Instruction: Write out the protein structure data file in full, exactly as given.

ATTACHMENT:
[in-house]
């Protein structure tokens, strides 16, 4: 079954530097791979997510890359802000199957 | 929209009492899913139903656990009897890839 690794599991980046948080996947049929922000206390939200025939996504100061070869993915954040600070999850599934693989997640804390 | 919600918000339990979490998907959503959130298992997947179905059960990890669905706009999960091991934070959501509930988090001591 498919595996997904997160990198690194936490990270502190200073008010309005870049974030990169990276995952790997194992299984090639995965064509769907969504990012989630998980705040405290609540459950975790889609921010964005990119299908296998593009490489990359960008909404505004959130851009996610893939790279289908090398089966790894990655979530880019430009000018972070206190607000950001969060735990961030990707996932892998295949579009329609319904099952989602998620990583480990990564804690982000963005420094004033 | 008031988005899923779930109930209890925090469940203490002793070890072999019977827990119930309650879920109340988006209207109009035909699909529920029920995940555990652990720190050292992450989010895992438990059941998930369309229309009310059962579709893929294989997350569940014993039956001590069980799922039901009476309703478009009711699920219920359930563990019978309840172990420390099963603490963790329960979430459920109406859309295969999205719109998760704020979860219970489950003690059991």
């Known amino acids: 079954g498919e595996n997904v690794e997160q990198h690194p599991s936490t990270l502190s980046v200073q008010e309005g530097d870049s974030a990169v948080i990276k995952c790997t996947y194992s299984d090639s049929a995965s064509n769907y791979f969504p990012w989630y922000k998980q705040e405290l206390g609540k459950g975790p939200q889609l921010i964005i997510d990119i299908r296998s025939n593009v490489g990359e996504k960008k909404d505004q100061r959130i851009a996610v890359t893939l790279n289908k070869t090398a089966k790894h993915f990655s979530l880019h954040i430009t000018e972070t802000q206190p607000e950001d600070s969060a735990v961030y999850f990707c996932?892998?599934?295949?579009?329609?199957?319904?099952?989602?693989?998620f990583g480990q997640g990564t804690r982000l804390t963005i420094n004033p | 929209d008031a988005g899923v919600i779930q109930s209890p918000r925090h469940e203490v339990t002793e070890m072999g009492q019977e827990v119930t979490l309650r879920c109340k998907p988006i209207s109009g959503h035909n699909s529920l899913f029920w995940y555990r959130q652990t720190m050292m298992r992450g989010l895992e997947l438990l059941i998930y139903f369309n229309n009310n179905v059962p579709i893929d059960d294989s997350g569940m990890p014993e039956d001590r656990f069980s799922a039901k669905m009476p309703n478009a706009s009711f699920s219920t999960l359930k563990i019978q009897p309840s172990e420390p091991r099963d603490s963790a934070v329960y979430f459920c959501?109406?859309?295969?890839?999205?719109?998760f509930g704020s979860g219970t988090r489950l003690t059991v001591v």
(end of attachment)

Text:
[in-house]
């Protein structure tokens, strides 16, 4: 079954530097791979997510890359802000199957 | 929209009492899913139903656990009897890839 690794599991980046948080996947049929922000206390939200025939996504100061070869993915954040600070999850599934693989997640804390 | 919600918000339990979490998907959503959130298992997947179905059960990890669905706009999960091991934070959501509930988090001591 498919595996997904997160990198690194936490990270502190200073008010309005870049974030990169990276995952790997194992299984090639995965064509769907969504990012989630998980705040405290609540459950975790889609921010964005990119299908296998593009490489990359960008909404505004959130851009996610893939790279289908090398089966790894990655979530880019430009000018972070206190607000950001969060735990961030990707996932892998295949579009329609319904099952989602998620990583480990990564804690982000963005420094004033 | 008031988005899923779930109930209890925090469940203490002793070890072999019977827990119930309650879920109340988006209207109009035909699909529920029920995940555990652990720190050292992450989010895992438990059941998930369309229309009310059962579709893929294989997350569940014993039956001590069980799922039901009476309703478009009711699920219920359930563990019978309840172990420390099963603490963790329960979430459920109406859309295969999205719109998760704020979860219970489950003690059991």
């Known amino acids: 079954g498919e595996n997904v690794e997160q990198h690194p599991s936490t990270l502190s980046v200073q008010e309005g530097d870049s974030a990169v948080i990276k995952c790997t996947y194992s299984d090639s049929a995965s064509n769907y791979f969504p990012w989630y922000k998980q705040e405290l206390g609540k459950g975790p939200q889609l921010i964005i997510d990119i299908r296998s025939n593009v490489g990359e996504k960008k909404d505004q100061r959130i851009a996610v890359t893939l790279n289908k070869t090398a089966k790894h993915f990655s979530l880019h954040i430009t000018e972070t802000q206190p607000e950001d600070s969060a735990v961030y999850f990707c996932?892998?599934?295949?579009?329609?199957?319904?099952?989602?693989?998620f990583g480990q997640g990564t804690r982000l804390t963005i420094n004033p | 929209d008031a988005g899923v919600i779930q109930s209890p918000r925090h469940e203490v339990t002793e070890m072999g009492q019977e827990v119930t979490l309650r879920c109340k998907p988006i209207s109009g959503h035909n699909s529920l899913f029920w995940y555990r959130q652990t720190m050292m298992r992450g989010l895992e997947l438990l059941i998930y139903f369309n229309n009310n179905v059962p579709i893929d059960d294989s997350g569940m990890p014993e039956d001590r656990f069980s799922a039901k669905m009476p309703n478009a706009s009711f699920s219920t999960l359930k563990i019978q009897p309840s172990e420390p091991r099963d603490s963790a934070v329960y979430f459920c959501?109406?859309?295969?890839?999205?719109?998760f509930g704020s979860g219970t988090r489950l003690t059991v001591v």